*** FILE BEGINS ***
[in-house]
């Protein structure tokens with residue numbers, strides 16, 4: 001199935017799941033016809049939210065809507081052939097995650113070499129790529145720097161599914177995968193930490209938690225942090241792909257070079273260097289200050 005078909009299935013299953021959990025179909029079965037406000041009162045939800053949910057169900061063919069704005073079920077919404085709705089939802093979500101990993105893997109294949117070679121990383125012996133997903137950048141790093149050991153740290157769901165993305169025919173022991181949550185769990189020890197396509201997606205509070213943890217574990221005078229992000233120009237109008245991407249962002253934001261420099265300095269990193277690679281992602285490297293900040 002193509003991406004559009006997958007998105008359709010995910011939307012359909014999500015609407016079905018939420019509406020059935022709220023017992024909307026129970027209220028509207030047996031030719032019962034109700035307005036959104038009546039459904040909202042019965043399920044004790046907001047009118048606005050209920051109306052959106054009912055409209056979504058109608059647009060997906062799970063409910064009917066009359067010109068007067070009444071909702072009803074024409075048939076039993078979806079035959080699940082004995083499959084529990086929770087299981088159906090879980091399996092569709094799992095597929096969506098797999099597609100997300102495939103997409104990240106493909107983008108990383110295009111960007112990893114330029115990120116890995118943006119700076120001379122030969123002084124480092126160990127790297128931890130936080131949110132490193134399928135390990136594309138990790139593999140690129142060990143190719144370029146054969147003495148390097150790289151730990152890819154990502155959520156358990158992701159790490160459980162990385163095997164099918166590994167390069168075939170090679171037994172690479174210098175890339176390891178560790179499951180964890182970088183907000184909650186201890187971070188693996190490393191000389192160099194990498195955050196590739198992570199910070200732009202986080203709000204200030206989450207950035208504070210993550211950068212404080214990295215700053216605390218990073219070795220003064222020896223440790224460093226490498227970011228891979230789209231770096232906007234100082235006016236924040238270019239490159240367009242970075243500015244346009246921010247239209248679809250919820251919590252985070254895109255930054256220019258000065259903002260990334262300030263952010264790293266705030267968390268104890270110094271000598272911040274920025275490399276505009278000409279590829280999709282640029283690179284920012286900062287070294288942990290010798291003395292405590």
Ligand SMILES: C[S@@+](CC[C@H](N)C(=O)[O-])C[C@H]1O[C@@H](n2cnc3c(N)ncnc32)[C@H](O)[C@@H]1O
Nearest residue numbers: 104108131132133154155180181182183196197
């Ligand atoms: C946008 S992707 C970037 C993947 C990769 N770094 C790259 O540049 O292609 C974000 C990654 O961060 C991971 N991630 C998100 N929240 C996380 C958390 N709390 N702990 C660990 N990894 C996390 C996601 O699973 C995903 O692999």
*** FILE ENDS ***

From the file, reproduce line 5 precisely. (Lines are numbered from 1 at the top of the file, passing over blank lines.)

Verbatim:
């Ligand atoms: C946008 S992707 C970037 C993947 C990769 N770094 C790259 O540049 O292609 C974000 C990654 O961060 C991971 N991630 C998100 N929240 C996380 C958390 N709390 N702990 C660990 N990894 C996390 C996601 O699973 C995903 O692999």